He didn’t always fit into the management plans for starting teams, a source of obvious frustration, yet it was undeniable that he could come on to help dictate the trend of a game. The injuries were an obstacle in a regular run of starts but his success at a local level could have been described as proving problematic as well.

Na Piarsaigh became a powerhouse of the club game over the last decade and that translated into marathon campaigns through the autumn and winter before emerging to the spring on the other side. Those took Dowling away from the county stage at different stages but they were certainly profitable in terms of titles – Limerick (5), Munster (4) and All-Ireland (1).

shane-dowling-celebrates-after-the-game Shane Dowling celebrates after the 2016 All-Ireland club final Source: Cathal Noonan/INPHO

That 2016 triumph over Cushendall secured an honour that had eluded Limerick club players previously. The roles of Na Piarsaigh and Ardscoil Rís, where he blitzed opponents at Dr Harty Cup level, were instrumental in elevating his profile initially and his parting words indicated his own appreciation for how those units had cultivated his hurling prowess.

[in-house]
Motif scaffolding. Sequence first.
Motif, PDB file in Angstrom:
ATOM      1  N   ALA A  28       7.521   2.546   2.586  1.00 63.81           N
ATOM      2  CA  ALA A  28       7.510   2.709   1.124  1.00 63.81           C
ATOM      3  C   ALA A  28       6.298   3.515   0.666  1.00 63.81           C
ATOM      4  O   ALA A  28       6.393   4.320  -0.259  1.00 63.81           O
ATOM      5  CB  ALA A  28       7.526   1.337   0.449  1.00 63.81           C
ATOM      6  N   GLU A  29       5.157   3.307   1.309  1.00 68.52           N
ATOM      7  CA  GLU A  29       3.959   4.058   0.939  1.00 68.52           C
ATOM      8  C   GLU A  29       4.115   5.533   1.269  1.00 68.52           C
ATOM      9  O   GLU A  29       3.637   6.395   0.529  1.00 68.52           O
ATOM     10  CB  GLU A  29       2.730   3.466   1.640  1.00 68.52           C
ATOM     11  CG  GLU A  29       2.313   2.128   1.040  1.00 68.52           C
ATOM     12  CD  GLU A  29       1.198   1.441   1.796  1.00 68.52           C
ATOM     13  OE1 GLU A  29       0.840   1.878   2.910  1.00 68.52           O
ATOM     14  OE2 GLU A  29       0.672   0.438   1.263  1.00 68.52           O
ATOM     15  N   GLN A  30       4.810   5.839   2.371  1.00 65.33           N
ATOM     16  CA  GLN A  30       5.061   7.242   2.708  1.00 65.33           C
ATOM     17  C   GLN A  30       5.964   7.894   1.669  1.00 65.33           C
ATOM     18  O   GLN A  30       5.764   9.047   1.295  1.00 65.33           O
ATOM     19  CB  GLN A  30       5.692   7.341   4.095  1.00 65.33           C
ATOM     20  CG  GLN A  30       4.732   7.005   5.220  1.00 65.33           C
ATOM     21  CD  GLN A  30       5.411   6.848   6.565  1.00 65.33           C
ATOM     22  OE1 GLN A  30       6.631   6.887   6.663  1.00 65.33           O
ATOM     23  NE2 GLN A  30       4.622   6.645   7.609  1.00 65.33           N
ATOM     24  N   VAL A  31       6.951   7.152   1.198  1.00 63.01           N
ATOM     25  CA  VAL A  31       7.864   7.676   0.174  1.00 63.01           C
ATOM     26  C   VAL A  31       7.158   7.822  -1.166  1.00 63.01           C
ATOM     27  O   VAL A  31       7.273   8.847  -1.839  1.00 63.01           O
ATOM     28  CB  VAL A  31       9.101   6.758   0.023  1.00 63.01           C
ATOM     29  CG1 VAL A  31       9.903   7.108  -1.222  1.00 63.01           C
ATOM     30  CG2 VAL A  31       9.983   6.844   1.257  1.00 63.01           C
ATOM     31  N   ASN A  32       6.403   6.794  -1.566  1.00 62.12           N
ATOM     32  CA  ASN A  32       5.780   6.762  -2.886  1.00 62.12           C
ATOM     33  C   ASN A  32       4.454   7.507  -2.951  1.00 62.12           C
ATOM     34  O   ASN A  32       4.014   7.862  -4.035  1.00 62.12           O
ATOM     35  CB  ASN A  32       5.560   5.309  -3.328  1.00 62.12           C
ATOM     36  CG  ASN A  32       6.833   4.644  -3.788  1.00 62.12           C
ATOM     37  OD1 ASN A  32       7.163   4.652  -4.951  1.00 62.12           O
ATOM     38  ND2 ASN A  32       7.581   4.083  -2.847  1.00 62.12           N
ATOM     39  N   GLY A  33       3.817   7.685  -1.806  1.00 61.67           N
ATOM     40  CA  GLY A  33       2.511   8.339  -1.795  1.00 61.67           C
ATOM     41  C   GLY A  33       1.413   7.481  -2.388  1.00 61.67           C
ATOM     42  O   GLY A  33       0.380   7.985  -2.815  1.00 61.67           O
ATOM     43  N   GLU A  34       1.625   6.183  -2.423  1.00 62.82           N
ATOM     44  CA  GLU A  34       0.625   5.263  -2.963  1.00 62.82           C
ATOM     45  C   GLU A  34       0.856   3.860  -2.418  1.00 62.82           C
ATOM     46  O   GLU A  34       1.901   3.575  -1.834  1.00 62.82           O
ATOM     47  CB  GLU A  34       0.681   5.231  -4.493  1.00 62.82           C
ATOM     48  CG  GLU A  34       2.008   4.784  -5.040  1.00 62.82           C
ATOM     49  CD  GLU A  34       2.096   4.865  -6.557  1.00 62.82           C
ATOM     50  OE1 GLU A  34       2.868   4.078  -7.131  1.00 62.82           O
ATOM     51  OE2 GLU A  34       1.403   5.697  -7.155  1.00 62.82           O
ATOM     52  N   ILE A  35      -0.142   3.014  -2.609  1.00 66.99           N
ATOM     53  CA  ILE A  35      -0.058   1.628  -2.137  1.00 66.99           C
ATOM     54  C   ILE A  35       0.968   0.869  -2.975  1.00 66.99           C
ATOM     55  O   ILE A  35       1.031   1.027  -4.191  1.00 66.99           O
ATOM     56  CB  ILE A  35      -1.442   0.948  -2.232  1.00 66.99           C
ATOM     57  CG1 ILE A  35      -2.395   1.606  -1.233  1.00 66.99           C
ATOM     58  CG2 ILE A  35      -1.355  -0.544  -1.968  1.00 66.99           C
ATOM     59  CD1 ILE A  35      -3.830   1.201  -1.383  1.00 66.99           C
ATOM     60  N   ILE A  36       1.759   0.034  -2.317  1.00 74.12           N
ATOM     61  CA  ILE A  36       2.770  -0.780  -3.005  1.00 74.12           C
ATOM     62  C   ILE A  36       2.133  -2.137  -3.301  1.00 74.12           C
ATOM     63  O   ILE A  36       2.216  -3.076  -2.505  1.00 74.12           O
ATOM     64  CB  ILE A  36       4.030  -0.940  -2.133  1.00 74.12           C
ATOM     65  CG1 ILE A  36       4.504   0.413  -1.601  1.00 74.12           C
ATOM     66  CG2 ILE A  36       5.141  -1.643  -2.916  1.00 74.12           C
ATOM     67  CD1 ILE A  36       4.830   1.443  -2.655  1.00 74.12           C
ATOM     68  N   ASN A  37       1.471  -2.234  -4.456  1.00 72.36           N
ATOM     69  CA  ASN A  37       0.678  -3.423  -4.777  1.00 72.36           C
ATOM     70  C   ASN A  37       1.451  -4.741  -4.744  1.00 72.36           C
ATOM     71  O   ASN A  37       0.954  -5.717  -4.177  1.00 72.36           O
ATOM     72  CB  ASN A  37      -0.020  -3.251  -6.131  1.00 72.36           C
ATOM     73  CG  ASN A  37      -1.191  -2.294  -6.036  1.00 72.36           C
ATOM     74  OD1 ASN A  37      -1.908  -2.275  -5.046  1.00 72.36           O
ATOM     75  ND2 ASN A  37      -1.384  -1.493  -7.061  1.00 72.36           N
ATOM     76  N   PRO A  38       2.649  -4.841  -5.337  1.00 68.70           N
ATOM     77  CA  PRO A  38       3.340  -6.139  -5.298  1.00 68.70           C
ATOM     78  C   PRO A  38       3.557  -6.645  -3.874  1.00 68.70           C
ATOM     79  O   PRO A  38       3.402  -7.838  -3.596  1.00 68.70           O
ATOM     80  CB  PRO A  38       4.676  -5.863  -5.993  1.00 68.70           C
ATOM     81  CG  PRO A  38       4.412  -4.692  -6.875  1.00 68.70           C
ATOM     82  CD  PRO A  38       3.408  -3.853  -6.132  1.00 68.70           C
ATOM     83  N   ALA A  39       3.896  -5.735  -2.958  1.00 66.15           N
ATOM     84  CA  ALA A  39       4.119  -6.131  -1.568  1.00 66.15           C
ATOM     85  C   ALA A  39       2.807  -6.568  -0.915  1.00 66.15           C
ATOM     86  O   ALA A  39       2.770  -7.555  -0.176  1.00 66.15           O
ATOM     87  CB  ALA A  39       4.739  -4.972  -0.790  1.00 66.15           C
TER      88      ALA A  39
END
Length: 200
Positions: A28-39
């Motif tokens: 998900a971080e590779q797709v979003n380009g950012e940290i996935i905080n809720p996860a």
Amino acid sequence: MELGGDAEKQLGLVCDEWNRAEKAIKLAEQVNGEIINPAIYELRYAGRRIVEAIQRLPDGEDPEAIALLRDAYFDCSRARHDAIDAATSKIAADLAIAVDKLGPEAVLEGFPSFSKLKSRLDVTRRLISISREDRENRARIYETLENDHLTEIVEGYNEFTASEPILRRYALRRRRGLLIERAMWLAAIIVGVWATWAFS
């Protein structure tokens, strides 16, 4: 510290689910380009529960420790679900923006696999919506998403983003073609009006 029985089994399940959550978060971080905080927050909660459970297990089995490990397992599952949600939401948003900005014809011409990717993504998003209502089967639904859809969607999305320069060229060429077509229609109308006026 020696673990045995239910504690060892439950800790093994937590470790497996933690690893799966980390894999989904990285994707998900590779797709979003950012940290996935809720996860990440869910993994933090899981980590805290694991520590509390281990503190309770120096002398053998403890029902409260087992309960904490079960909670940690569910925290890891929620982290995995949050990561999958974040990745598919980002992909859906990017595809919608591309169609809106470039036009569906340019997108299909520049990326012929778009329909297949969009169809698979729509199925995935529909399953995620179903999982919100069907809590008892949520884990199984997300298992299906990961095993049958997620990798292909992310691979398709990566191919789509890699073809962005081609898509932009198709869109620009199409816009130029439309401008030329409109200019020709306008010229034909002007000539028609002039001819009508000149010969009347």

The irritation for him will be that those attacking inputs had become sporadic of late as injury proved too regular a hindrance.

Still he accumulated a fine array of honours and leaves having achieved the ultimate club and county prizes on the Croke Park stage.

For someone making an early exit, he packed plenty in.

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It’s a Shane Dowling-themed episode this week on Warriors, the GAA podcast for The42 members, as we look at his hurling career and rewatch the 2011 Munster U21 final to focus on the impact it had on the fortunes of Limerick and Cork. To listen go to https://members.the42.ie

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About the author:

Fintan O'Toole